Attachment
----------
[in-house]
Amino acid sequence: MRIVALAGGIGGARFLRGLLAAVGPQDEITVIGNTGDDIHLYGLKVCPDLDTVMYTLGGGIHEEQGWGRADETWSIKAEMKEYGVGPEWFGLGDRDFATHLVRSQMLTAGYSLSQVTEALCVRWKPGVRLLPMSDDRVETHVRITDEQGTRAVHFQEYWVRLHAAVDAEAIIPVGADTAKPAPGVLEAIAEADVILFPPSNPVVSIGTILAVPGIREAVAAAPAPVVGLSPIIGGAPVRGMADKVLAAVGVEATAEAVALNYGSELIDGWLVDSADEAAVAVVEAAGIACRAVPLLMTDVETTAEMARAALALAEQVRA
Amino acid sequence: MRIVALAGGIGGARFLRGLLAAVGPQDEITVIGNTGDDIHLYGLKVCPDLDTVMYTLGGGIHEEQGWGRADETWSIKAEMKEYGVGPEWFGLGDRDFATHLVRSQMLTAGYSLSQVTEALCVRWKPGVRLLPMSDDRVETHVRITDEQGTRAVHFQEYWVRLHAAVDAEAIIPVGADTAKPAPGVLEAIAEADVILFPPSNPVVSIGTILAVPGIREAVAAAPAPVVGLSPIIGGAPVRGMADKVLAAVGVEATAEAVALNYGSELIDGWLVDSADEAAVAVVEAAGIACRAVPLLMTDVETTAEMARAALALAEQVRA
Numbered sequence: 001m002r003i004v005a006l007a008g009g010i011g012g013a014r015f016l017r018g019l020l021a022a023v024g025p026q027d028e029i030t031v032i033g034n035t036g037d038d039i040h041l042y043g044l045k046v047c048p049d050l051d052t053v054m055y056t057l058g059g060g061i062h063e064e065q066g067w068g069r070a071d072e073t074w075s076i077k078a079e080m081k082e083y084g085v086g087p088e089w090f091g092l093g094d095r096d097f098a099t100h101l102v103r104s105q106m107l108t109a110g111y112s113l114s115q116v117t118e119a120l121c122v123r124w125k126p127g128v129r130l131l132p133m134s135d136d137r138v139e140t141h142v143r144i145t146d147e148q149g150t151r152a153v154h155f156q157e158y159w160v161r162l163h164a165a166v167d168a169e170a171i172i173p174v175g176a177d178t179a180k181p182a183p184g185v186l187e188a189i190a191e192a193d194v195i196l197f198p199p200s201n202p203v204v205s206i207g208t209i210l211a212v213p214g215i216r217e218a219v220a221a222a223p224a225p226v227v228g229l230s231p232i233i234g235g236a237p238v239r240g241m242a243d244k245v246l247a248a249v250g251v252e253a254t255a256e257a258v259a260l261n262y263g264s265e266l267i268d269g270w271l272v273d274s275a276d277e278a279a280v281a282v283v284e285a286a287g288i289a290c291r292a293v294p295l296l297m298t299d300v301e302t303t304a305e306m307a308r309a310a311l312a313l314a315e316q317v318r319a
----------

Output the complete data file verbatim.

[in-house]
Amino acid sequence: MRIVALAGGIGGARFLRGLLAAVGPQDEITVIGNTGDDIHLYGLKVCPDLDTVMYTLGGGIHEEQGWGRADETWSIKAEMKEYGVGPEWFGLGDRDFATHLVRSQMLTAGYSLSQVTEALCVRWKPGVRLLPMSDDRVETHVRITDEQGTRAVHFQEYWVRLHAAVDAEAIIPVGADTAKPAPGVLEAIAEADVILFPPSNPVVSIGTILAVPGIREAVAAAPAPVVGLSPIIGGAPVRGMADKVLAAVGVEATAEAVALNYGSELIDGWLVDSADEAAVAVVEAAGIACRAVPLLMTDVETTAEMARAALALAEQVRA
Amino acid sequence: MRIVALAGGIGGARFLRGLLAAVGPQDEITVIGNTGDDIHLYGLKVCPDLDTVMYTLGGGIHEEQGWGRADETWSIKAEMKEYGVGPEWFGLGDRDFATHLVRSQMLTAGYSLSQVTEALCVRWKPGVRLLPMSDDRVETHVRITDEQGTRAVHFQEYWVRLHAAVDAEAIIPVGADTAKPAPGVLEAIAEADVILFPPSNPVVSIGTILAVPGIREAVAAAPAPVVGLSPIIGGAPVRGMADKVLAAVGVEATAEAVALNYGSELIDGWLVDSADEAAVAVVEAAGIACRAVPLLMTDVETTAEMARAALALAEQVRA
Numbered sequence: 001m002r003i004v005a006l007a008g009g010i011g012g013a014r015f016l017r018g019l020l021a022a023v024g025p026q027d028e029i030t031v032i033g034n035t036g037d038d039i040h041l042y043g044l045k046v047c048p049d050l051d052t053v054m055y056t057l058g059g060g061i062h063e064e065q066g067w068g069r070a071d072e073t074w075s076i077k078a079e080m081k082e083y084g085v086g087p088e089w090f091g092l093g094d095r096d097f098a099t100h101l102v103r104s105q106m107l108t109a110g111y112s113l114s115q116v117t118e119a120l121c122v123r124w125k126p127g128v129r130l131l132p133m134s135d136d137r138v139e140t141h142v143r144i145t146d147e148q149g150t151r152a153v154h155f156q157e158y159w160v161r162l163h164a165a166v167d168a169e170a171i172i173p174v175g176a177d178t179a180k181p182a183p184g185v186l187e188a189i190a191e192a193d194v195i196l197f198p199p200s201n202p203v204v205s206i207g208t209i210l211a212v213p214g215i216r217e218a219v220a221a222a223p224a225p226v227v228g229l230s231p232i233i234g235g236a237p238v239r240g241m242a243d244k245v246l247a248a249v250g251v252e253a254t255a256e257a258v259a260l261n262y263g264s265e266l267i268d269g270w271l272v273d274s275a276d277e278a279a280v281a282v283v284e285a286a287g288i289a290c291r292a293v294p295l296l297m298t299d300v301e302t303t304a305e306m307a308r309a310a311l312a313l314a315e316q317v318r319a